This year freshman enrollment for underrepresented groups was about 24%, up from 17% in 2017. The increase comes after the university saw a dramatic drop in underrepresented minority students with the passage of a 1996 ballot initiative barring the school from considering race and ethnicity when choosing students to enroll, according to PBS NewsHour.
The ballot initiative didn’t stop the school from trying to improve diversity, starting with the hiring of Olufemi Ogundele as head of university admissions.
With his tenure, came a change in the way the university evaluated applications. Now, the school uses race-neutral tools like a College Board database of socioeconomic information about an applicant’s neighborhoods and academic offerings at their high schools. Ogundele also added a diversity team in the admissions office, expanding outreach around the state and making other changes.
“We are evaluating applicants and looking for excellence, and not perfection. That means that it allows us to take a look at students in the context of where they are coming from, everything from the curriculum that they are attempting, to the extracurricular activities that are available to them in their schools,” said Ogundele. “We are measuring students up against what's available to them, rather than comparing students, because we recognize that the K-12 system is not apples to apples for all the students who are going through it.”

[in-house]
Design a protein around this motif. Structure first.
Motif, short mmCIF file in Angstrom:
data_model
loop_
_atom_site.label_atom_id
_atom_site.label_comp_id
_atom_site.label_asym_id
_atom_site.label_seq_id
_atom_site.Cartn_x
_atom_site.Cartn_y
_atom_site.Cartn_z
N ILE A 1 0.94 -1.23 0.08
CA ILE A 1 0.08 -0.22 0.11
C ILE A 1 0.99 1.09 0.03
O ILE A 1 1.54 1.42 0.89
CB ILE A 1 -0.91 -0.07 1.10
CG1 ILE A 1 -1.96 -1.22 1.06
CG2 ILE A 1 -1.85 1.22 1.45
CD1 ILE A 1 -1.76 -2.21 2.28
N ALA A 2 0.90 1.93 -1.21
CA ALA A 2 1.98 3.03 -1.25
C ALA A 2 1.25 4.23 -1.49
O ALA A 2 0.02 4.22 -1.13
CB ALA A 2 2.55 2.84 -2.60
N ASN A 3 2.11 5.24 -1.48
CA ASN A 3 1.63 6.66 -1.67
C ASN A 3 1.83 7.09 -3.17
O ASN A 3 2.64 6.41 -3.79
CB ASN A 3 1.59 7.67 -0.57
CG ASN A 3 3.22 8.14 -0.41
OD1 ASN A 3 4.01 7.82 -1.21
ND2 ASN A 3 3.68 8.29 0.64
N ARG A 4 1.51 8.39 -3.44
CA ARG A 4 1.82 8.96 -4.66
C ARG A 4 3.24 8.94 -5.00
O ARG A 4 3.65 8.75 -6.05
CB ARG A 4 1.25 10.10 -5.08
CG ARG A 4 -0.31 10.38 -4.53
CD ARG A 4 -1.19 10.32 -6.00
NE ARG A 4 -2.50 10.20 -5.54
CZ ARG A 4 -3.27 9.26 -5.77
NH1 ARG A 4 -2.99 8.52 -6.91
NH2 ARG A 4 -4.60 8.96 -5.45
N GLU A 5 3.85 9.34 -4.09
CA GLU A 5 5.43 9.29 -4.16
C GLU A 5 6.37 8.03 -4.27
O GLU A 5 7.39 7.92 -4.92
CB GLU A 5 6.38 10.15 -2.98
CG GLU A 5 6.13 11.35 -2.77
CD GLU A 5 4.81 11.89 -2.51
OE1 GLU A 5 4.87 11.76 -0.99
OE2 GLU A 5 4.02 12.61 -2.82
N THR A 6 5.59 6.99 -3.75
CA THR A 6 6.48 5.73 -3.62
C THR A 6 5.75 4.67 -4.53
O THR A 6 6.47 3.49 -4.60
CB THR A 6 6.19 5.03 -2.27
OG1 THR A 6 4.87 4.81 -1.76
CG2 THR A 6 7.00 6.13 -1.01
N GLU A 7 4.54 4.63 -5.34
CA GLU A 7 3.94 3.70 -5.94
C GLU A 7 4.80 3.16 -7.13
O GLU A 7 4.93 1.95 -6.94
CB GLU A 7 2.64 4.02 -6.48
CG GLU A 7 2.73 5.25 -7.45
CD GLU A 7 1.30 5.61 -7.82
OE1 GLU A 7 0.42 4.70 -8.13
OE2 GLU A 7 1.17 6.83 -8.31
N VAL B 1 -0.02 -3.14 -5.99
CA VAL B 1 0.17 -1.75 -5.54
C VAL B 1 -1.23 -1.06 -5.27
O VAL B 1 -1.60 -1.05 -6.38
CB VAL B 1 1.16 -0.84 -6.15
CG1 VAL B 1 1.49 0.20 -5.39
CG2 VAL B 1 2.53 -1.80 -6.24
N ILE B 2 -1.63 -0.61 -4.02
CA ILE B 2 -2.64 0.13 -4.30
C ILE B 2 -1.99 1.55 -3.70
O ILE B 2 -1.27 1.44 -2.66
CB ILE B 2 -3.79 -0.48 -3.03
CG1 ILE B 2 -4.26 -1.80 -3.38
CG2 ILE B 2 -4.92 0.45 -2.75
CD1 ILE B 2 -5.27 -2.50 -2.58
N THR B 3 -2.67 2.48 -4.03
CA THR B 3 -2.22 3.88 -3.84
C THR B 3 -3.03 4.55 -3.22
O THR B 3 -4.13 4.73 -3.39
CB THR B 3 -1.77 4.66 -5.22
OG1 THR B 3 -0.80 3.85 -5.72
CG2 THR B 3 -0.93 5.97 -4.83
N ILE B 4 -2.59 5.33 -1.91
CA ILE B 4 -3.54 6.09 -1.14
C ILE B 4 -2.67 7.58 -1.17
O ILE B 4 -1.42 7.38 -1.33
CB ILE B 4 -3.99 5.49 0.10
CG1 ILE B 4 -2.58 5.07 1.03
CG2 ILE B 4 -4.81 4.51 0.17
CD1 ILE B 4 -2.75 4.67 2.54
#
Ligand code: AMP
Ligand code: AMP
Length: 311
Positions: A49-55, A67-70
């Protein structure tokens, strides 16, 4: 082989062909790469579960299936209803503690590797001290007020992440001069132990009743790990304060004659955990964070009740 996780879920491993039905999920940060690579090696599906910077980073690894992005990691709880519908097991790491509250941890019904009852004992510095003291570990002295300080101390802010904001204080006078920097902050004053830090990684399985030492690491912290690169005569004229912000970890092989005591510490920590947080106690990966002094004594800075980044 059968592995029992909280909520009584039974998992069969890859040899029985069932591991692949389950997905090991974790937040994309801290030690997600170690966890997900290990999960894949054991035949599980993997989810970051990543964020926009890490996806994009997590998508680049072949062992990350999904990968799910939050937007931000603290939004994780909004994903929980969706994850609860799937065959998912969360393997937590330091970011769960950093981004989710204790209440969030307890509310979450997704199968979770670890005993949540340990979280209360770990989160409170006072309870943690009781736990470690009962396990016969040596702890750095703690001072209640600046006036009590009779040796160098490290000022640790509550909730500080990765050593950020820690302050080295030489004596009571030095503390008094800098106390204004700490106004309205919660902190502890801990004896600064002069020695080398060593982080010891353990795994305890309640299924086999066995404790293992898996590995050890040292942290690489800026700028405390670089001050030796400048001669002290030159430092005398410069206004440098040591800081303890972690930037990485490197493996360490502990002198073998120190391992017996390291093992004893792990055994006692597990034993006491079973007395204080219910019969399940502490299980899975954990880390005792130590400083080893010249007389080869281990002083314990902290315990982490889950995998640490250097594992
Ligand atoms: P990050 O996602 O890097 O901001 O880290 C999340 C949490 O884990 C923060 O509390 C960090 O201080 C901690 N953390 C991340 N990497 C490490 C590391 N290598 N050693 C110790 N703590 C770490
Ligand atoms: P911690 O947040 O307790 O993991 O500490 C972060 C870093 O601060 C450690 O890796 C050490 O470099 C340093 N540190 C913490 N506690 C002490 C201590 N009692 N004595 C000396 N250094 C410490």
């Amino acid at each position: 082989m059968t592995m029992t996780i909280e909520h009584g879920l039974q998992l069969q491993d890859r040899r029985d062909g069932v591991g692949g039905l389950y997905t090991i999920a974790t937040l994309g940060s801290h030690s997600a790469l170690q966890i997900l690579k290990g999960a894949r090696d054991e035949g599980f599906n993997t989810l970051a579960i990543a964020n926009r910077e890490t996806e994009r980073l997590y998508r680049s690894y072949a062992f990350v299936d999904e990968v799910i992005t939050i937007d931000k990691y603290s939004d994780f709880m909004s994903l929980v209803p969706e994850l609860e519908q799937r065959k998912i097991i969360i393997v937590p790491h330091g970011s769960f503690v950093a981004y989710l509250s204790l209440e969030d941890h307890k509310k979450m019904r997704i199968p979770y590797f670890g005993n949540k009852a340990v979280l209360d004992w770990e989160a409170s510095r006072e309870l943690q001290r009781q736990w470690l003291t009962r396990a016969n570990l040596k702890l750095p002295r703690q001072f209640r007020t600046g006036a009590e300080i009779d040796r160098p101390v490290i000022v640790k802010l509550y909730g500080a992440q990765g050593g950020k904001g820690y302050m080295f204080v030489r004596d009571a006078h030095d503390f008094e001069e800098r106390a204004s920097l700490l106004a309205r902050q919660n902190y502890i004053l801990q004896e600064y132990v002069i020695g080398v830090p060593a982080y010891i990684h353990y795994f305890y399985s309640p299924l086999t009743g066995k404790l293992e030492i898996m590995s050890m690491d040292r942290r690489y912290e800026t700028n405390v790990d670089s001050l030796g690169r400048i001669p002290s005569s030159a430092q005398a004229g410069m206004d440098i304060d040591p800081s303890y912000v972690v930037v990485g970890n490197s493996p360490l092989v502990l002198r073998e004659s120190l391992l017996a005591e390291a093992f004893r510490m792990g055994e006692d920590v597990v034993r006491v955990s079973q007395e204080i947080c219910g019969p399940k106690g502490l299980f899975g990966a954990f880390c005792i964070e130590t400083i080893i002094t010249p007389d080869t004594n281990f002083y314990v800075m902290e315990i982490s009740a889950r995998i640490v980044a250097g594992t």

Every year, the university also leans on its partnerships with campus high school counselors and college advisors around the state. Ogundele said these connections are vital as the university tries to reach out to more underrepresented students.
“A lot of times, people think that the admissions staff at Berkeley are the really strong students vs. the really weak students, and you just kind of make decisions,” Ogundele said. “But, really, a majority of our applicant pool is strong enough to get in here. So let's have a conversation about, what are some of those deeper nuances that we need to really consider to really make sure that excellence emerges in the conversation?”
Angel Perez, CEO of the National Association for College Admission Counseling, said other schools could learn from the University of California system.
“They are actually some of the pioneers in creating more partnership programs in local communities, partnering with high schools or community-based organizations and creating programs where students can begin to do work before they actually become high school seniors, so that they become eligible for the requirements for admission to get into the U.C.,” Perez said.